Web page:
Showing posts with label doug paisley. Show all posts
Showing posts with label doug paisley. Show all posts

Monday, January 27, 2014

video review: 'strong feelings' by doug paisley

Yeah, it's late. Don't care, glad I got this out.

Next up... hmm, not sure yet. Got a few discographies to churn through. There's some stuff I definitely love, and stuff I know will get me a roughly analogous reaction to the Switchfoot review. Fun stuff, so stay tuned!

Sunday, January 26, 2014

album review: 'strong feelings' by doug paisley

So as the only country music critic on YouTube, I tend to get some flack because of my supposed lack of country 'credentials' - even though I've been listening to country for over twenty years and it's probably one of the genres of which I know most. Most often such comments take the form of, 'You're a city boy, you can't understand the appeal', with the frequent follow-up being, 'You're Canadian, you just don't get the music of the American heartland', and then it's followed by homophobic slurs I won't indulge.

But I feel it's an appropriate time to address these oh-so-enlightened individuals, speaking as a guy who grew up in Western Canada with country music: you know there's such a thing as Canadian country, right?

I'm dead serious here. Outside of Nashville and some cities in Texas, the next biggest nexus of country in North America would probably be Edmonton, Alberta, Canada, which has developed its own burgeoning country music scene outside of the US. And it's a distinctive scene with its own flavour and personality that managed to avoid most of the worst trends in country music that came out of the States last year. Acts like Gord Bamford and George Canyon and Dean Brody might not be all that familiar south of the border, but thanks to the Canadian Radio & Telecommuncations Commission (which ensures Canadian content gets a certain percentage of airplay here), they've managed to build audiences out here. Better still is the fact that they've tended to stick with a decidedly Canadian sensibility, which sticks much closer to neotraditional country in comparison with the flashier, more aggressively meat-headed style that exploded in the US last year.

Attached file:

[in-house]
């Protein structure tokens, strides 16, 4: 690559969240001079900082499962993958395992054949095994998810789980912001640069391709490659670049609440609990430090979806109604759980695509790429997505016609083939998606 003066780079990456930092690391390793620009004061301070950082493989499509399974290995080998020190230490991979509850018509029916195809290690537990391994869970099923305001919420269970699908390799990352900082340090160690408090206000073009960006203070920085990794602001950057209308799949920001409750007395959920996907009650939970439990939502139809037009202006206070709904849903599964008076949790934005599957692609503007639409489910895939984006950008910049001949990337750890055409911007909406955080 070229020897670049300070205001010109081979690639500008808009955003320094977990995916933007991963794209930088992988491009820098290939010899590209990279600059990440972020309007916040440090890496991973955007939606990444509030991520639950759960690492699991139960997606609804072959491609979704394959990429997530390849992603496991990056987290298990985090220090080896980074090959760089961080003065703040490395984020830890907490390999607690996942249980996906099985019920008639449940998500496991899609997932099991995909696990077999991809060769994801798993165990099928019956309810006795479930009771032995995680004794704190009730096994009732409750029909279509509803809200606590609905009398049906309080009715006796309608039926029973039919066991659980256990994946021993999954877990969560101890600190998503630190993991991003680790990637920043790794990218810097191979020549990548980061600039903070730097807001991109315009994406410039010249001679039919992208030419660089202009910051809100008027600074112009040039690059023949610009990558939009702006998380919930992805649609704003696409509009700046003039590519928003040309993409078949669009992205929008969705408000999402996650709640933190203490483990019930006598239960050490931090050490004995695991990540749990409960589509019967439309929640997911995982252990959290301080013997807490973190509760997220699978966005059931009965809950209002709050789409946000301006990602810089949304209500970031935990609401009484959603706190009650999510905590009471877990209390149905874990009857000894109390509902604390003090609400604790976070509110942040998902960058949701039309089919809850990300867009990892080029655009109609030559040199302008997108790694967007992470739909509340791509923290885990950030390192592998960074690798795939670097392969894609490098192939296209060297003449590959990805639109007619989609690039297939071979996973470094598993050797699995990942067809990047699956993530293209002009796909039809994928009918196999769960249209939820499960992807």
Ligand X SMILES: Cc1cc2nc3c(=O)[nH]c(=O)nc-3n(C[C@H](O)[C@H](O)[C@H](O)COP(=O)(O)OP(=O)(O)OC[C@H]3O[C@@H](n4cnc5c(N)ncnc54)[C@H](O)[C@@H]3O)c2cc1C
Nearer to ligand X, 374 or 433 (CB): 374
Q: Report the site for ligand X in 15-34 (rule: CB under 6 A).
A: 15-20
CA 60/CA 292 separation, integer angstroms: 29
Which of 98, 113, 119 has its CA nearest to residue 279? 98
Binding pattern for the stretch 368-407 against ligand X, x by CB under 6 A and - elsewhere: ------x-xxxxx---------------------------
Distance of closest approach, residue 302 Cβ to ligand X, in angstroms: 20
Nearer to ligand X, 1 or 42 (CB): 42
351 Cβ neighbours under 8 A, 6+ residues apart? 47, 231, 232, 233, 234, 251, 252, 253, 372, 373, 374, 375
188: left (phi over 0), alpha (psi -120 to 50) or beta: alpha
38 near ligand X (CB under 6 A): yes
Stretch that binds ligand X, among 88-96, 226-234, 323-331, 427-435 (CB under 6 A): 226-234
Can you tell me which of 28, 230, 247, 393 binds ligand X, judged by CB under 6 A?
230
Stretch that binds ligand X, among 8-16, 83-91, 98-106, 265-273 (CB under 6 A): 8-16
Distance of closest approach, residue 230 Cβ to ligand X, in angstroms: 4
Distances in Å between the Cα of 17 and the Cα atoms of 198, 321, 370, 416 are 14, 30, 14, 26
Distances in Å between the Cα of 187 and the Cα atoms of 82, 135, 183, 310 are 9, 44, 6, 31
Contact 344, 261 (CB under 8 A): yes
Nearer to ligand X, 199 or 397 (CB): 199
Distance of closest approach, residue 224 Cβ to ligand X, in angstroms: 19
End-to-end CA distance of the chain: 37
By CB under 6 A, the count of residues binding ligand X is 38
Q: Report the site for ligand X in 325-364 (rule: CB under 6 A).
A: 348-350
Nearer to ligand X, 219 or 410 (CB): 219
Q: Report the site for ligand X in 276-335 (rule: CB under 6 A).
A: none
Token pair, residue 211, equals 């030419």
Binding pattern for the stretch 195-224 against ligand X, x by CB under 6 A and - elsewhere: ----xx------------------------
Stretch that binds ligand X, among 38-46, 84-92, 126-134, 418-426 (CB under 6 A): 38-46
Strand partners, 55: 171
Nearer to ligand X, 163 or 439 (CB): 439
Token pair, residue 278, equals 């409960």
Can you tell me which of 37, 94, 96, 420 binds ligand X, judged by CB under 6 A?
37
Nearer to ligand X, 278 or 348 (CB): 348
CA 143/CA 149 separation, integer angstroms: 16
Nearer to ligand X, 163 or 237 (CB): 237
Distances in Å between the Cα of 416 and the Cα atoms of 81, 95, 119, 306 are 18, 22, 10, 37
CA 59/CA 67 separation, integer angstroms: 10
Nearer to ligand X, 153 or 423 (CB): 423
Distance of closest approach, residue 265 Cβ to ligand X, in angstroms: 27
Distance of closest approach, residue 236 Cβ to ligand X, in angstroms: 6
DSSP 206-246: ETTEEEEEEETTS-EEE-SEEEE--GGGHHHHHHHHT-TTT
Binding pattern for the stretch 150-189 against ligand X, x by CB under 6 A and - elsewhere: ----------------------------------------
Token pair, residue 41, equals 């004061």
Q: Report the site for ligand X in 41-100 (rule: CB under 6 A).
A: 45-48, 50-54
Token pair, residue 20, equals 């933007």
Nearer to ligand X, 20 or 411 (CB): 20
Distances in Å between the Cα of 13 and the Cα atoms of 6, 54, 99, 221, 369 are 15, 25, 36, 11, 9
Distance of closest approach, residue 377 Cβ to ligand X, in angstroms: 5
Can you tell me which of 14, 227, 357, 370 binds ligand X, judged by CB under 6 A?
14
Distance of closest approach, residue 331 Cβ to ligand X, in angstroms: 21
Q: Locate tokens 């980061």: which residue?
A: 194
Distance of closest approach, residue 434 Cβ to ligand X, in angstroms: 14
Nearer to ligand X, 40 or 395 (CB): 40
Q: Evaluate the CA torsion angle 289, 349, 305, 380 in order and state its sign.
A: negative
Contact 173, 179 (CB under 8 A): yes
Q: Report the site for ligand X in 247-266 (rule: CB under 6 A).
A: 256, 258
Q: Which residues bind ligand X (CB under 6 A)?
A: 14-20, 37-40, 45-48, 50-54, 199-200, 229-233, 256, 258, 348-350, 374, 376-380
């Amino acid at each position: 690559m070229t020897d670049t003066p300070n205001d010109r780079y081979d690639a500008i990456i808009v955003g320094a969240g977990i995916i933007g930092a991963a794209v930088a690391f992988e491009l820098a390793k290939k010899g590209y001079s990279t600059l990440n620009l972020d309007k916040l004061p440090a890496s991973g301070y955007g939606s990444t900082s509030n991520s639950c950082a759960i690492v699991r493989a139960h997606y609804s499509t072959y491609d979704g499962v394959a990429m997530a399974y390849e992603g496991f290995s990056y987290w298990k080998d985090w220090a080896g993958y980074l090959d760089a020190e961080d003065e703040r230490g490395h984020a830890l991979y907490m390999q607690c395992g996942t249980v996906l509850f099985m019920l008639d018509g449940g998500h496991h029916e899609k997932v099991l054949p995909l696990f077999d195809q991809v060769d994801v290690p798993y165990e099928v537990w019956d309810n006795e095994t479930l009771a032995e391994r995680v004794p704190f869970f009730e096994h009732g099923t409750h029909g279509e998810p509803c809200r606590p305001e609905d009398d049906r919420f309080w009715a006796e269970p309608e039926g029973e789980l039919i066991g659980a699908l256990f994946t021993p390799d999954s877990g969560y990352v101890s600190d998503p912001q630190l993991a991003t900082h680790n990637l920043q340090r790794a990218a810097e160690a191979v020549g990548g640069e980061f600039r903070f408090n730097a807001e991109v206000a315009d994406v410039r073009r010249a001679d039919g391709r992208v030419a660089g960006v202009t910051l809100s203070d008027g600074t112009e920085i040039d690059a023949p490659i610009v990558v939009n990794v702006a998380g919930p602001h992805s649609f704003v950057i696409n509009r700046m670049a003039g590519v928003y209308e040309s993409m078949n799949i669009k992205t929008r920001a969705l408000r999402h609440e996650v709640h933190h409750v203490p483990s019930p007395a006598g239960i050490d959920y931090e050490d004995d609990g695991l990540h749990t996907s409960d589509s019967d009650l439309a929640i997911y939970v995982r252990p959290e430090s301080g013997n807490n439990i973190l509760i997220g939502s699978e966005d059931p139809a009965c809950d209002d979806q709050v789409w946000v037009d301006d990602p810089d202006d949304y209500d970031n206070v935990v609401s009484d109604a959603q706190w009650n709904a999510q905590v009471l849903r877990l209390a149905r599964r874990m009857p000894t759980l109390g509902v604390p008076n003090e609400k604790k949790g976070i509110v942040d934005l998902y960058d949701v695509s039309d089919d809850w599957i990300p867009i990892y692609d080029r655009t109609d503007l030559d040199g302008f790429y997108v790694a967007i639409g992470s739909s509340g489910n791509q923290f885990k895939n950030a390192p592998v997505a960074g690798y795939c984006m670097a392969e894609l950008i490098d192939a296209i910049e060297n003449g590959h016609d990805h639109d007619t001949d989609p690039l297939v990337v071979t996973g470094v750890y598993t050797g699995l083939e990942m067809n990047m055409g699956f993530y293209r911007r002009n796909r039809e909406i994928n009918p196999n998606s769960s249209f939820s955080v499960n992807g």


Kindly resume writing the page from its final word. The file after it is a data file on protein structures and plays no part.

But today, we're not going to be talking about the Edmonton scene, but instead an alternative country act that comes Toronto - yes, my current location - named Doug Paisley (of no known relation to Brad Paisley). His last major release was in 2010 called Constant Companion, and it was pretty damn good. A country artist toeing the line between indie folk and neotraditional country, Doug Paisley stood out for his weary, emotive lyrics that a simple charm in drawing you into his melancholy, which set him above the typical 'white douche with acoustic guitar'. Like with Matt Berninger of The National, his country roots informed the songwriting - but what became interesting was his instrumentation and delivery, both which were reminiscent of the late 70s (and not outlaw country), which was not a great time for country music. It was smooth and polished, reflecting not so much downbeat depression but tired resignation that things might go downhill but he could handle it. And yet even as harsh reality lurked behind the lyrics, there were a lot of rougher flourishes hiding in the instrumentation I really liked - the organ, the piano-driven harmonies, the gentle support of Feist as a supporting vocalist. All of it came together to create a really strong singer-songwriter record that really stuck with me, so I was interested in his newest album Strong Feelings. How did it go?